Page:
RPA43/YOR340C Summary Help

Standard Name RPA43 1
Systematic Name YOR340C
Feature Type ORF, Verified
Description RNA polymerase I subunit A43 (1 and see Summary Paragraph)
Name Description RNA Polymerase A
Gene Product Alias A43 2
Chromosomal Location
ChrXV:960182 to 959202 | ORF Map | GBrowse
Note: this feature is encoded on the Crick strand.
Gene Ontology Annotations All RPA43 GO evidence and references
  View Computational GO annotations for RPA43
Molecular Function
Manually curated
Biological Process
Manually curated
Cellular Component
Manually curated
Regulators 2 genes
Classical genetics
Large-scale survey
reduction of function
157 total interaction(s) for 84 unique genes/features.
Physical Interactions
  • Affinity Capture-MS: 59
  • Affinity Capture-RNA: 1
  • Affinity Capture-Western: 22
  • Biochemical Activity: 5
  • Co-crystal Structure: 5
  • Co-purification: 12
  • Far Western: 1
  • PCA: 2
  • Two-hybrid: 4

Genetic Interactions
  • Dosage Rescue: 2
  • Negative Genetic: 26
  • Positive Genetic: 9
  • Synthetic Growth Defect: 1
  • Synthetic Lethality: 8

Expression Summary
Length (a.a.) 326
Molecular Weight (Da) 36,224
Isoelectric Point (pI) 4.63
Phosphorylation PhosphoGRID | PhosphoPep Database
sequence information
ChrXV:960182 to 959202 | ORF Map | GBrowse
Note: this feature is encoded on the Crick strand.
Last Update Coordinates: 2011-02-03 | Sequence: 1996-07-31
Subfeature details
Most Recent Updates
Coordinates Sequence
CDS 1..981 960182..959202 2011-02-03 1996-07-31
Retrieve sequences
Analyze Sequence
S288C only
S288C vs. other species
S288C vs. other strains
External Links All Associated Seq | Entrez Gene | Entrez RefSeq Protein | MIPS | Search all NCBI (Entrez) | UniProtKB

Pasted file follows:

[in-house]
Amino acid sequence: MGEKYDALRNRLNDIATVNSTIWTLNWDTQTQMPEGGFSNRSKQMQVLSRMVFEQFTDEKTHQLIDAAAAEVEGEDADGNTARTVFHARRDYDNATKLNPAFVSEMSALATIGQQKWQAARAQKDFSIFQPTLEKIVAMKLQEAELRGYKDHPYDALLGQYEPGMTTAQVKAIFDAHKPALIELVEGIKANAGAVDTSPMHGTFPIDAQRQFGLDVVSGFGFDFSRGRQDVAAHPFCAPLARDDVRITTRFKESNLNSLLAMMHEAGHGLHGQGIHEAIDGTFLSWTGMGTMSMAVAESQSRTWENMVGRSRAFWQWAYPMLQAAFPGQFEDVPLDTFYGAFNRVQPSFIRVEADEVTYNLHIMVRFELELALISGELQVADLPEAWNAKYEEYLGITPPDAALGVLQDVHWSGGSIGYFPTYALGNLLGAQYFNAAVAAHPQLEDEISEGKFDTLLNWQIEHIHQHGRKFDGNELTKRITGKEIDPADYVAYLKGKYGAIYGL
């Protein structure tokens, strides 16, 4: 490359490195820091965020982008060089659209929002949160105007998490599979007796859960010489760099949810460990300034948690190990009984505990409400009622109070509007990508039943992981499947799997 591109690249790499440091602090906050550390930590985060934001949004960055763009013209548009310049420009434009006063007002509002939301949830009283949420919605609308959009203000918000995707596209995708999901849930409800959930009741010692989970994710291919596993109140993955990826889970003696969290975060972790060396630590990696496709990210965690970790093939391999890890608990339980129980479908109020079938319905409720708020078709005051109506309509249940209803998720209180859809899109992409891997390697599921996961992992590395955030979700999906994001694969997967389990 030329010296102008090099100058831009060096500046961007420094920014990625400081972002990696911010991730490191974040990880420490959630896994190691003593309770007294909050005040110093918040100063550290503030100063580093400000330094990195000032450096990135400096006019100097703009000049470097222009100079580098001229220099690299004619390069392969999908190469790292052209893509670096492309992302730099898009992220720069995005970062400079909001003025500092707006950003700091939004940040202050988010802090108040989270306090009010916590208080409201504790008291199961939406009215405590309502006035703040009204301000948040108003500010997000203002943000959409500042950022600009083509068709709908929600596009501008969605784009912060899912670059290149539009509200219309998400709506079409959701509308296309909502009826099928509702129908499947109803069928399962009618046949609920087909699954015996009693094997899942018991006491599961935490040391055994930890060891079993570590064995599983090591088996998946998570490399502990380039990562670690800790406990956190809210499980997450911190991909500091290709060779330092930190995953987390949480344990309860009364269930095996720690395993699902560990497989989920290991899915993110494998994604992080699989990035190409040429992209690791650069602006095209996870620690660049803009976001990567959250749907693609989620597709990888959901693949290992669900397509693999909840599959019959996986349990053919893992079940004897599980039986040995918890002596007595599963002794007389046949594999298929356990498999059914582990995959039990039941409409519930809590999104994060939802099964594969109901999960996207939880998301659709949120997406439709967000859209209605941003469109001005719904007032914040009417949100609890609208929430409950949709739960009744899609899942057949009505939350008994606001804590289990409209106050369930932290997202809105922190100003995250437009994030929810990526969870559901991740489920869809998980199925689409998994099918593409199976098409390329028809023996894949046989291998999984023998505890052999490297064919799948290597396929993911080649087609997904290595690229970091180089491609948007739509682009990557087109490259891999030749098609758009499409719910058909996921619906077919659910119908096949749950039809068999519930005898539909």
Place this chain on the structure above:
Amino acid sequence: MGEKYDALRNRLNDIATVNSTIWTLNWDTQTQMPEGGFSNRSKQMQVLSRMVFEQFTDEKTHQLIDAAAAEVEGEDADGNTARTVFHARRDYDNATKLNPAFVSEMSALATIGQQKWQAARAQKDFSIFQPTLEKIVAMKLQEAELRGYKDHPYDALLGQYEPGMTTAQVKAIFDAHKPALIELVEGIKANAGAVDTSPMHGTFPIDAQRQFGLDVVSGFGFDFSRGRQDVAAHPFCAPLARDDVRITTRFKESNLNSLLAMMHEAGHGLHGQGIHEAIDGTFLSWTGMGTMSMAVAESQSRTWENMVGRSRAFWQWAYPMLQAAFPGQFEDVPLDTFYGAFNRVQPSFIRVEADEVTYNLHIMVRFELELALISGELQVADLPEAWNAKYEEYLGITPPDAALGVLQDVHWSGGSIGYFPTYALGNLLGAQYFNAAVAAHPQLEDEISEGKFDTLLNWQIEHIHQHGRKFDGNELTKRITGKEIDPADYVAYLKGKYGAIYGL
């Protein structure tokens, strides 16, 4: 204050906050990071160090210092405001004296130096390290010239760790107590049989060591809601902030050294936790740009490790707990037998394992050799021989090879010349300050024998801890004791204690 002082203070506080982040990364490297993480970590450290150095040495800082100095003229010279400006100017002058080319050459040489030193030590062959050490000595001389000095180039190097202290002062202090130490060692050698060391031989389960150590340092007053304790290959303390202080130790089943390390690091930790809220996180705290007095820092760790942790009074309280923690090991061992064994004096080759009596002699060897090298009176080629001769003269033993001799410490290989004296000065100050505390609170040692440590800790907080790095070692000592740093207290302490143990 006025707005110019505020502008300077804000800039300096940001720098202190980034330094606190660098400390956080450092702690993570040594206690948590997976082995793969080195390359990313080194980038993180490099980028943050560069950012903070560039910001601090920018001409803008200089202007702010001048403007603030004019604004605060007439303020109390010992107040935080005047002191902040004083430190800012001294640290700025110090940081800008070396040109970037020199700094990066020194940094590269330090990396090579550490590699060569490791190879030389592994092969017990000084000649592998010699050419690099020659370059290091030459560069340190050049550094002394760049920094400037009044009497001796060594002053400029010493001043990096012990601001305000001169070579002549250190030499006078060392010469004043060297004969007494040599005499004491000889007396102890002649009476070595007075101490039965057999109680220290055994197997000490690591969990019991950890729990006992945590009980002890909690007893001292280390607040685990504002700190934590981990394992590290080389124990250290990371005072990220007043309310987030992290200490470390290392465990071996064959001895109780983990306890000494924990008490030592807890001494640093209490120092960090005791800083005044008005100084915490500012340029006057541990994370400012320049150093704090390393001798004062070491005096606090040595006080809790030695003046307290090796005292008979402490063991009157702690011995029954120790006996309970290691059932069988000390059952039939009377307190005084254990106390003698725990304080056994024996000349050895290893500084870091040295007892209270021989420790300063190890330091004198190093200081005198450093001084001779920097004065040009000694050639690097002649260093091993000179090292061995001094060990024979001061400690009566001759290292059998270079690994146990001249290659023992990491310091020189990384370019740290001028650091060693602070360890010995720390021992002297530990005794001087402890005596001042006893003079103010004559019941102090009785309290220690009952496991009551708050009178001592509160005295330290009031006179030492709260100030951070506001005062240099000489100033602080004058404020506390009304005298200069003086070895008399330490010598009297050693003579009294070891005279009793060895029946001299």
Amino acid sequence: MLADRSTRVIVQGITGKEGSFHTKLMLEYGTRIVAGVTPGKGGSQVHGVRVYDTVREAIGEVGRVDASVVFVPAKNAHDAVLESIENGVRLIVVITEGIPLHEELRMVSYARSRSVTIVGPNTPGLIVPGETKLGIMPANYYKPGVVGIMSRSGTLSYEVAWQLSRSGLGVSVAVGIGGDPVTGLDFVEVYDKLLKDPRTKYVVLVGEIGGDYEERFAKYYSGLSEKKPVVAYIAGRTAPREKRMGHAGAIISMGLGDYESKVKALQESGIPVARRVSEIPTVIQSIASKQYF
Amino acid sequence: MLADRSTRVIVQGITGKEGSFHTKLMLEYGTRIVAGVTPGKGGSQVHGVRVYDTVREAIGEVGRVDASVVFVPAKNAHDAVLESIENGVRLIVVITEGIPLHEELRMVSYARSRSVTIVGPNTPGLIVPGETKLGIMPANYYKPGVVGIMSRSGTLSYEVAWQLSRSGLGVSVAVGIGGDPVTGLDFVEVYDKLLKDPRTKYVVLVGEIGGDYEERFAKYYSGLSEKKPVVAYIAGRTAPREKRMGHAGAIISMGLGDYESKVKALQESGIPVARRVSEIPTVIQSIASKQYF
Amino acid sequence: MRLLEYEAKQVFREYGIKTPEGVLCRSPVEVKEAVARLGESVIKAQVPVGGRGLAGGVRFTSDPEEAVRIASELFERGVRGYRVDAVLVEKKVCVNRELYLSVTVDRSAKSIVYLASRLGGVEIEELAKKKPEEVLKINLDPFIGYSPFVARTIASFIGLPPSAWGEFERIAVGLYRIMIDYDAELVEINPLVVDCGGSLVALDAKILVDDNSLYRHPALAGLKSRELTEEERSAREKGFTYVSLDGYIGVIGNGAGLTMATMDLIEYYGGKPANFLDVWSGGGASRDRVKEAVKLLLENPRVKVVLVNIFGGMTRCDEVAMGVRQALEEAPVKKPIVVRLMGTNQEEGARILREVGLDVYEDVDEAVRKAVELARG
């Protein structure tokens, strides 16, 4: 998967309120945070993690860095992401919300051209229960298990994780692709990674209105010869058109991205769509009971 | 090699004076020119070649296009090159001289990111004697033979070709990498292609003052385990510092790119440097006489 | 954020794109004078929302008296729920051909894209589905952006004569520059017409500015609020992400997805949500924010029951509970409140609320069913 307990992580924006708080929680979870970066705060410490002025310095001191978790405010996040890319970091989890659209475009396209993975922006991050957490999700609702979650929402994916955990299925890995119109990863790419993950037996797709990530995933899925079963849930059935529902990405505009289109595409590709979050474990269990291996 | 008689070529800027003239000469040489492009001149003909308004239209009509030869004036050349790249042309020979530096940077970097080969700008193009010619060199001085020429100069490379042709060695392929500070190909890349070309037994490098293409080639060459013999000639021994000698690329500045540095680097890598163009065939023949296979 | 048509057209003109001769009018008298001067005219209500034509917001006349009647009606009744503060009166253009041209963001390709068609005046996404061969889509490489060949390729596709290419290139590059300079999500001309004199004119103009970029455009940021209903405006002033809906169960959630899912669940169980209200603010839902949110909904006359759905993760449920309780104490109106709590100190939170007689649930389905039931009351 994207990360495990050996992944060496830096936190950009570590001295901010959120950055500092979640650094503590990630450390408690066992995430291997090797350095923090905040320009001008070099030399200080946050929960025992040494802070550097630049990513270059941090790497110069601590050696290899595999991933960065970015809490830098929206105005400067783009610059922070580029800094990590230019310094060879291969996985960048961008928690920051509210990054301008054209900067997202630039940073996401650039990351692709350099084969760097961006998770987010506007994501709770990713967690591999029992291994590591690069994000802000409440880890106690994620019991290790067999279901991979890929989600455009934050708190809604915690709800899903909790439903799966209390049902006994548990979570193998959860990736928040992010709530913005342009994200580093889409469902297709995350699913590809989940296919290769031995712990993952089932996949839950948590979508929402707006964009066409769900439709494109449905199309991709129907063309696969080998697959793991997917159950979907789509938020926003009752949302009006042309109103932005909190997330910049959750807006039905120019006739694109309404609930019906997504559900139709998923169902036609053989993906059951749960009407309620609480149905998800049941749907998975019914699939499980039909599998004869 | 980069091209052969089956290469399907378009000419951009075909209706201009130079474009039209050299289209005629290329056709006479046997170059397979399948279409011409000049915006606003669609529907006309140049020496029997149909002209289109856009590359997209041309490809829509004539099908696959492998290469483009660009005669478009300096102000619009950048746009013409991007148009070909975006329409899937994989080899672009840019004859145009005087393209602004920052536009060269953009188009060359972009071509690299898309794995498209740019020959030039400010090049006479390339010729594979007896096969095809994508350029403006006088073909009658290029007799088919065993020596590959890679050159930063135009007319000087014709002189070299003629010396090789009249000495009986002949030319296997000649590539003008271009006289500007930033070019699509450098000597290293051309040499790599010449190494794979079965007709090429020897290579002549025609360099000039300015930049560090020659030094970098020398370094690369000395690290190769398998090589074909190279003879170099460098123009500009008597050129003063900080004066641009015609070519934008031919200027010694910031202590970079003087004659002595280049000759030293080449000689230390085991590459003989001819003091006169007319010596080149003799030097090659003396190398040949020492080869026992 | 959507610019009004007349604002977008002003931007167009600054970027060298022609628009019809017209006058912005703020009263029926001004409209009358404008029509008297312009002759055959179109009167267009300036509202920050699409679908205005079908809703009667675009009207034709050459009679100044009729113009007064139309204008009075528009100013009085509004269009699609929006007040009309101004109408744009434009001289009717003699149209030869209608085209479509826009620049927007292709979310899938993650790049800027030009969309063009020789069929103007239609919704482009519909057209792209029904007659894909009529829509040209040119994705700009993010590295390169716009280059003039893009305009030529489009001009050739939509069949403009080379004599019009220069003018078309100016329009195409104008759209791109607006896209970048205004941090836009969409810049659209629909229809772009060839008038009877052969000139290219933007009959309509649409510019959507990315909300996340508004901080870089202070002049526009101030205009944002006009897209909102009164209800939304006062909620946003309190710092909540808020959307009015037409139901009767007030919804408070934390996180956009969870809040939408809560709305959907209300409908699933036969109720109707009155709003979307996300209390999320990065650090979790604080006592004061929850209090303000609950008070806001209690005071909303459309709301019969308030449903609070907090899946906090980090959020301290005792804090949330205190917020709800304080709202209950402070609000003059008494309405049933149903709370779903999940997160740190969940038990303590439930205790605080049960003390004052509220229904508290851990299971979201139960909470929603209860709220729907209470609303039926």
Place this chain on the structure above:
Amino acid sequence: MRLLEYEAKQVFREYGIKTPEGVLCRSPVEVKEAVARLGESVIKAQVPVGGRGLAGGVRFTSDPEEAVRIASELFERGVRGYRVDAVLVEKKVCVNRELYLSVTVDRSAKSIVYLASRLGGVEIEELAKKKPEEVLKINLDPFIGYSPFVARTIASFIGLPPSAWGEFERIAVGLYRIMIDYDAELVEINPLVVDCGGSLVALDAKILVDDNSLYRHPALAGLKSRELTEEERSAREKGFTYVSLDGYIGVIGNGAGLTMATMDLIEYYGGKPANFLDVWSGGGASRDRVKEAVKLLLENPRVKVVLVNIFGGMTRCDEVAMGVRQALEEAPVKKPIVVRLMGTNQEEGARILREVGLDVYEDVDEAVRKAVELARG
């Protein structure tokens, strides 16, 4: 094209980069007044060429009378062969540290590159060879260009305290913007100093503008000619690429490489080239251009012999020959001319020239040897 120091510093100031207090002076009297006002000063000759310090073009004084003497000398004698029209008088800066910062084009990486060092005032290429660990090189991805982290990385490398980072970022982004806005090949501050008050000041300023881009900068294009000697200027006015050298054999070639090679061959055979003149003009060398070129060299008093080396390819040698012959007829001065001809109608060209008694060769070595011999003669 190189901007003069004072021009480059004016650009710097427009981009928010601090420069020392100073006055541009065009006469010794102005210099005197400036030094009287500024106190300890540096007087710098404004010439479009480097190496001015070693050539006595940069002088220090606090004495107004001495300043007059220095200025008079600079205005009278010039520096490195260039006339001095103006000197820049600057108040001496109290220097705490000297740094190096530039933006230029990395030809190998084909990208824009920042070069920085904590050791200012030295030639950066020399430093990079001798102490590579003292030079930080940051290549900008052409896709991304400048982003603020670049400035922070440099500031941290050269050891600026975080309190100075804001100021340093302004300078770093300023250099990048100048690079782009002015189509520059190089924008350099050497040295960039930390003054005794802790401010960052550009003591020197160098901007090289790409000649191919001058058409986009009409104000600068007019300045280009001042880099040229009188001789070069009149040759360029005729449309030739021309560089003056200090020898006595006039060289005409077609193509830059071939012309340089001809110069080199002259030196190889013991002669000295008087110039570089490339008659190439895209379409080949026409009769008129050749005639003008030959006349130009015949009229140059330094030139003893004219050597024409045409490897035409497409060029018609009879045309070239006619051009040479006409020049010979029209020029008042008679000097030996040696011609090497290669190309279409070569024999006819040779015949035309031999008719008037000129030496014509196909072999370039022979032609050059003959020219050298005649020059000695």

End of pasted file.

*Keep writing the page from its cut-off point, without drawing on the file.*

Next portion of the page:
Primary SGDIDS000005867

Nuclear transcription in S. cerevisiae is performed by three multisubunit nuclear RNA polymerases (RNAPs) that are conserved in all eukaryotes (3, 4 and references therein). The roles of these three RNA polymerases are generally conserved across eukaryotes, particularly with respect to production of rRNAs, mRNAs, and tRNAs, though production of other small RNAs is somewhat variable between RNAP II and RNAP III in different species (5). In S. cerevisiae, RNA polymerase I transcribes rDNA to produce the 35S primary rRNA transcript that is processed to produce three of the four mature ribosomal rRNAs: 25S, 18S, and 5.8S. RNA polymerase II produces all nuclear mRNAs, all of the snoRNAs except snR52 (6), four of the five snRNAs (U1, U2, U4, and U5; 7), the RNase MRP RNA encoded by NME1 (5), and the telomerase RNA encoded by TLC1 (8). RNA polymerase III produces the 5S rRNA, all nuclear tRNAs, the U6 snRNA (9), the snR52 snoRNA (6), the RNase P RNA encoded by RPR1 (5), and the 7SL RNA component of the signal recognition particle encoded by SCR1 (5).

Coordinate regulation of these three RNA polymerases is essential, since in rapidly growing yeast cells, much of the transcriptional output of the cell is devoted to the production of ribosomes. About 60% of total cellular transcription is devoted to transcription by RNAP I of the rRNA genes, which comprise about 10% of the entire genome. While mRNAs generally only comprise 5% of total cellular RNA and the 137 ribosomal protein (RP) genes represent only 2% of the genome, it is estimated that 50% of RNAP II transcription occurs on RP genes. RNAP II is also responsible for production of the majority of the snoRNAs, which are collectively involved in maturation of the ribosome. RNAP III plays a similarly important role in production of ribosomes and the process of translation, producing both the 5S rRNA and all nuclear tRNAs, which constitute about 15% of total cellular RNA (reviewed in 10). The TOR pathway is a major factor in this coordinate regulation as it regulates the activity of all three nuclear RNAPs in response to nutrient availability and growth conditions (reviewed in 11, 12, 13, and 14).